After months of professional anguish and my mother’s agony, finally relieved by the end of her worries, a new page of my life opened. Then the unforeseeable arises: the sensation of a lump in my left breast. On February 28, 2014, a diagnosis without appeal fell: cancer. The tumor “is not the worst” reassures an assistant of Dr. Fleischer after the biopsy. It must be reduced by chemotherapy. Dr. Mihalcioiu, assisted by Nancy Lee-Brown, nurse navigator, full of concern, insisted on the trust between doctor and patient, added “think positive” and asked if I was well surrounded. I thought I had a good network and told family and friends:
The biopsies confirmed the hypothesis. All that remains is to follow a process that will take six months as so many people have done so well before me. All of them have shown me, by their example, how to serenely manage the hazards of life. I thank them and hope to imitate their model of strength against the Beast. For my part, participating – a little – in the sufferings of this world opens me, willingly or not, to solidarity with those who suffer and think of each other. I am sure of your affection and good thoughts.
March 27, 2014 – First chemo
Marjolaine, a warm nurse, wearing a cosmonaut helmet, has me check that bags (red or colorless) are for me. She presses the needle. The liquid enters. I am very thirsty and empty my water bottle. A dreadful colic appears. Not easy.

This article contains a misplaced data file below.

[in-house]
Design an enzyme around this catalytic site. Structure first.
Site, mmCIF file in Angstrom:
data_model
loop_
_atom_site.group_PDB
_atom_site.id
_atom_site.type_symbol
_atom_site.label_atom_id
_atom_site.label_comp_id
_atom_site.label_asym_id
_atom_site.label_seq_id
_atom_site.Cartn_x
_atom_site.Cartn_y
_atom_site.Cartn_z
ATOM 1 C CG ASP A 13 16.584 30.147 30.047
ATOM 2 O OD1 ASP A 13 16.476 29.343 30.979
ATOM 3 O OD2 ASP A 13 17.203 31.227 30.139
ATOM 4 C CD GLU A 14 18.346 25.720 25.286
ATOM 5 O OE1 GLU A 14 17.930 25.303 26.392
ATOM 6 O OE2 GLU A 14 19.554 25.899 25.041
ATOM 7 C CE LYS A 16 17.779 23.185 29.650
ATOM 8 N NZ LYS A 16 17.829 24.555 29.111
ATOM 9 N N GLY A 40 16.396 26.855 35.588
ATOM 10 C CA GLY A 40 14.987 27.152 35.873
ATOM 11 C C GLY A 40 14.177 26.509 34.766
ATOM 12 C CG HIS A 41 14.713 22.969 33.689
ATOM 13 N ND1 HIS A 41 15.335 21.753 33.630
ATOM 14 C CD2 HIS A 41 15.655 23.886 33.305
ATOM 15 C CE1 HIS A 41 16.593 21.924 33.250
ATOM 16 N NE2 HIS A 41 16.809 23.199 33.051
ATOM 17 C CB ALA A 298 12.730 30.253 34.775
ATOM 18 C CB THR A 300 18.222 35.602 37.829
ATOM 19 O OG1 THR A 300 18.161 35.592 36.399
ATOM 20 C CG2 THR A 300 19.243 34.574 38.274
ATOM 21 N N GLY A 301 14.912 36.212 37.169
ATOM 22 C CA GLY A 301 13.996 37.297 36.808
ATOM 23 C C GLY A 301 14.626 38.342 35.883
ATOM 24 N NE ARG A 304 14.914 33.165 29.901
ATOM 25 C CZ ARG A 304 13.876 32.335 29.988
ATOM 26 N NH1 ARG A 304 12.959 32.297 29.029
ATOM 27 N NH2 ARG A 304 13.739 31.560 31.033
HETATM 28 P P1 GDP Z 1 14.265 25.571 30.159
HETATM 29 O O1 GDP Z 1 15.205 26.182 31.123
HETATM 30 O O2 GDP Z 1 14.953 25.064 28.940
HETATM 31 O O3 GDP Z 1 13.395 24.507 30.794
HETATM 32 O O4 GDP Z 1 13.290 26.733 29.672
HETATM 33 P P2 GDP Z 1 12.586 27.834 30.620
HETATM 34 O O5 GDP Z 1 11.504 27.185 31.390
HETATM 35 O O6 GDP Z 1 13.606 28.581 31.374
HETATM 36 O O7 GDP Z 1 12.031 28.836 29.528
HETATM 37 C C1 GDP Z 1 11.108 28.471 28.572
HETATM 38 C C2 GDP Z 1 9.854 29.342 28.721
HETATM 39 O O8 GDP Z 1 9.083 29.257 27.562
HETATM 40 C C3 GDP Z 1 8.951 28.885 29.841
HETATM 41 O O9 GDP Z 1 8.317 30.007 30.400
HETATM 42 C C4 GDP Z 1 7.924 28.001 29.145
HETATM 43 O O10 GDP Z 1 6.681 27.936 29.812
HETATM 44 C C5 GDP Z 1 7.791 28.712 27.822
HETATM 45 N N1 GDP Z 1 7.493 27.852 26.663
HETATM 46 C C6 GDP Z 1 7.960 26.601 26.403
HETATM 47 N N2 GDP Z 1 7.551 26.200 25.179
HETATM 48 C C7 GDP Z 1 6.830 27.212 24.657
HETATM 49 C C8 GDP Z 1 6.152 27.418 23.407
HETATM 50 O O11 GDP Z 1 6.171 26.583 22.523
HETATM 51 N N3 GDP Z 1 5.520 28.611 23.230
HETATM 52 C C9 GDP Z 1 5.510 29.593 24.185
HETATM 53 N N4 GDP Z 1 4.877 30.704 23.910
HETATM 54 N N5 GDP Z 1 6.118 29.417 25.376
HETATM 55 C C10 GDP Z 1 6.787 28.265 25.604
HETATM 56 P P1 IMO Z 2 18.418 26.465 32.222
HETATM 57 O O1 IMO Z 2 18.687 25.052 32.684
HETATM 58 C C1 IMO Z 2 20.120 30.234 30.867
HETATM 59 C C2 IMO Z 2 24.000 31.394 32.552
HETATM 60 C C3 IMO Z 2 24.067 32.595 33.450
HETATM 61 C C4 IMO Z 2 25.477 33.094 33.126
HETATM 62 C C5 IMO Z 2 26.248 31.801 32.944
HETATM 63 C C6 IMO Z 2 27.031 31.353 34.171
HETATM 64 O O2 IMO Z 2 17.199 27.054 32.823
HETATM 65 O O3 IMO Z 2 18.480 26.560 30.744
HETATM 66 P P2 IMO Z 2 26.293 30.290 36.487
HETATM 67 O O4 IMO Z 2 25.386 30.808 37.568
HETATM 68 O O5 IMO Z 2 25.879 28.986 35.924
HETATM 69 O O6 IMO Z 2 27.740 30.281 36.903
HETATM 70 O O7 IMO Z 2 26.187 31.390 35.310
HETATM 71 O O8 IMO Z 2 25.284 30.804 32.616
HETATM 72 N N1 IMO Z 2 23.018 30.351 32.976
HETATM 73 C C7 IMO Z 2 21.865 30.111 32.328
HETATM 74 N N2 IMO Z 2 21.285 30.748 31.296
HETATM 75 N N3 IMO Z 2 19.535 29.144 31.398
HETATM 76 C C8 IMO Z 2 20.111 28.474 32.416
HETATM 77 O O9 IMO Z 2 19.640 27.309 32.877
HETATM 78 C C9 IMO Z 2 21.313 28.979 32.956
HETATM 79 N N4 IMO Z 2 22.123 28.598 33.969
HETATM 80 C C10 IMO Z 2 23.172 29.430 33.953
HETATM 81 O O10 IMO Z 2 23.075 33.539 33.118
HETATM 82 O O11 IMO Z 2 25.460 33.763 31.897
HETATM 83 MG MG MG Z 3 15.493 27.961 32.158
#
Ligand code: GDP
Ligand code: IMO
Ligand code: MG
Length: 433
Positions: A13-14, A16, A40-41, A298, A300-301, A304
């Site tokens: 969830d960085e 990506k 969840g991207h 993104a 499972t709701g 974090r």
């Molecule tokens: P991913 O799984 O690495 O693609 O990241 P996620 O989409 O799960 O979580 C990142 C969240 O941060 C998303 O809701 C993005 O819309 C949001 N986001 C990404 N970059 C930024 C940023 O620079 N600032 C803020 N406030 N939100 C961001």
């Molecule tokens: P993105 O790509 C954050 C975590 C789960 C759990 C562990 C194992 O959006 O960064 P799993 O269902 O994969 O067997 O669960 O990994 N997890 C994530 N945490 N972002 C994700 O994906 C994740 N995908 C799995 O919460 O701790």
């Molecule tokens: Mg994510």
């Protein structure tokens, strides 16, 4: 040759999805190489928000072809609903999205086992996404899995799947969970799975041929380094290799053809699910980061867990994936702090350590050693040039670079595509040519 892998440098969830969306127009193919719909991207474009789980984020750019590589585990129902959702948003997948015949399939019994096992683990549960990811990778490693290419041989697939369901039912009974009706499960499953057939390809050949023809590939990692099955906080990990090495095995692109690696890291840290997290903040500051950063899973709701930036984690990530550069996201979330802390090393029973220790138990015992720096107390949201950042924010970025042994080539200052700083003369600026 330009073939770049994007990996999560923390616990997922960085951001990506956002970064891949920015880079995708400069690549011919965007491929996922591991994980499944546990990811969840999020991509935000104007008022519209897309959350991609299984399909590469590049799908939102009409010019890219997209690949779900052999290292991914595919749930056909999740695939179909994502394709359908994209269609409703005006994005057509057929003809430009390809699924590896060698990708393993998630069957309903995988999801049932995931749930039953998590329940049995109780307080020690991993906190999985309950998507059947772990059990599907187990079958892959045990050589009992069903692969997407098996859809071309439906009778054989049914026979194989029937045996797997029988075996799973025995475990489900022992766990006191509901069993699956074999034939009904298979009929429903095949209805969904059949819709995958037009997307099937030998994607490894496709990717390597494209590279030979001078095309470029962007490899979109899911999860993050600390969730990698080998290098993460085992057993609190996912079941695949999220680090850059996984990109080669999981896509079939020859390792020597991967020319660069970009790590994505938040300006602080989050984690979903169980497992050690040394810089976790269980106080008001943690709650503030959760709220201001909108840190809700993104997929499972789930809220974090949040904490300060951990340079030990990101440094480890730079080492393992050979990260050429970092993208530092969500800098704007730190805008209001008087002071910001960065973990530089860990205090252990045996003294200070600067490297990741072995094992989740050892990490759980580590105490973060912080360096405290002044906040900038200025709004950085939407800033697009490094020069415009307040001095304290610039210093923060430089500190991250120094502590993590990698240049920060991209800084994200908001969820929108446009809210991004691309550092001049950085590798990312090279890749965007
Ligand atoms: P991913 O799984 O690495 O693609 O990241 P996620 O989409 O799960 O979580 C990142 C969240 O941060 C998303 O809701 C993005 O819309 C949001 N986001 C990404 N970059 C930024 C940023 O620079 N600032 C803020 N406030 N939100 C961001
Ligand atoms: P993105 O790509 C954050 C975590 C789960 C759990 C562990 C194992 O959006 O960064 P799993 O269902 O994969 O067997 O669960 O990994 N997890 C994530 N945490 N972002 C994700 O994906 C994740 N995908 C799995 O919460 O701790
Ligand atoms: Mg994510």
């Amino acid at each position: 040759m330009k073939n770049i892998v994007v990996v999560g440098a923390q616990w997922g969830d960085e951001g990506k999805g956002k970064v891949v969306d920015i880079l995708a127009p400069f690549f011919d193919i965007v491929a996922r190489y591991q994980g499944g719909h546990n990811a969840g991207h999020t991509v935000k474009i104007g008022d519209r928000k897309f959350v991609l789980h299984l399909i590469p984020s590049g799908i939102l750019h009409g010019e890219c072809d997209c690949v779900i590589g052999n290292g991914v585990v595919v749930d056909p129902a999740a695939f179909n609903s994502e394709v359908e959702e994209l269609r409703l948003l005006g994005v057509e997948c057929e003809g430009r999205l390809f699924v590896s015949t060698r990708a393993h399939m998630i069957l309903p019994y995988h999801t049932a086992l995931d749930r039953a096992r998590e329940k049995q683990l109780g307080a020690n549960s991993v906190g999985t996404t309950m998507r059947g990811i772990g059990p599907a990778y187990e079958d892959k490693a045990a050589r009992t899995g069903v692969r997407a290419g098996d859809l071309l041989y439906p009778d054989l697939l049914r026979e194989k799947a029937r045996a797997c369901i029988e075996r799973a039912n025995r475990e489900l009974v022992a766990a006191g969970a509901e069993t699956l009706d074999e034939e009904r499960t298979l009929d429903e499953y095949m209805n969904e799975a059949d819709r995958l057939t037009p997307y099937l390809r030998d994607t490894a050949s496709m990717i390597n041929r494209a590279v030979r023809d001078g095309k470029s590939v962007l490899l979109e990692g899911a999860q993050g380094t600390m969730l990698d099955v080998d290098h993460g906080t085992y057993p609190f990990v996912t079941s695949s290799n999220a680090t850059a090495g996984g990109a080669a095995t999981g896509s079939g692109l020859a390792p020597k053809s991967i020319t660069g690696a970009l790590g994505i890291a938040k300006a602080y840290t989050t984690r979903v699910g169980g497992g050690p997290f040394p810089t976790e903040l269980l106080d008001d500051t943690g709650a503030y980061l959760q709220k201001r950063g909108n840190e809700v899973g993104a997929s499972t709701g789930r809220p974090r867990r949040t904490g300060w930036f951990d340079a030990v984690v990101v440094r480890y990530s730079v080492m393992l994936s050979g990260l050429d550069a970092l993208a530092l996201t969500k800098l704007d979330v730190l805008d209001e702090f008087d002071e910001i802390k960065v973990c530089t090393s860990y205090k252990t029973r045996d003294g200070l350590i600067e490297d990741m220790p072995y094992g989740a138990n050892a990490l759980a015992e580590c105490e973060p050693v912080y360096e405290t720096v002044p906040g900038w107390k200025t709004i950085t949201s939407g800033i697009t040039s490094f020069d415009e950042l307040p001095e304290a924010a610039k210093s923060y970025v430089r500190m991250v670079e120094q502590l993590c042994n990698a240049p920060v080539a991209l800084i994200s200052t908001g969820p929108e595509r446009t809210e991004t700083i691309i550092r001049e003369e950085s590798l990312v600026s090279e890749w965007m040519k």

Other patients arrive. Two elegant and ageless women, then a man I think is Native American, accompanied by a friend. He reminds me of a Native American prayer. By 11:30 a.m., my body has absorbed the contents of the bags and I am discharged, armed with an “oncology passport” and its list of upcoming appointments. Back to the house where I prepare the meal. Rest and feel (happily) that it is working in my left breast.
April 8 – In the emergency theater of the former Royal Victoria
12 p.m.– My toothache is getting worse. 3pm, 38.3°. Fateful number for the emergency room. On the spot, my stray glance attracts the attention of a lady who points out the “triage” line. Armed with the number 82, I sit down and read the signs warning (euphemistically) that there could be a long wait. Next to me, a restless patient is escorted by a calm “attendant”. Further away, young women in headscarves are escorted by their husbands. I am touched by the look of tenderness in the eyes of a bearded man as he looks at his spouse. The people are of all colors and their ailments are invisible. It seems that the community of suffering and anguish dissolves xenophobic preconceptions.
Waiting. The call to triage seems to follow two orders: that of the emergencies and that of the numbers. The parade of large emergencies is manifested by the regular entry of stretchers. I imagine a drama in each one: street, road or work accident, heart problem, injuries…
5 p.m. – They call the 82. An attendant takes my temperature which has dropped to 37.2°. I look foolish. At the sight of my passport, she calls whoever it is and tells me to wait. As each stretcher passes by, we put our feet away. A male trio is noisily agitated. A lady and a gentleman are conversing. I understand that the gentleman is from Ontario and that he chose to live in Quebec because of the better social security coverage. They move on to political comments and disagree. The lady retreats.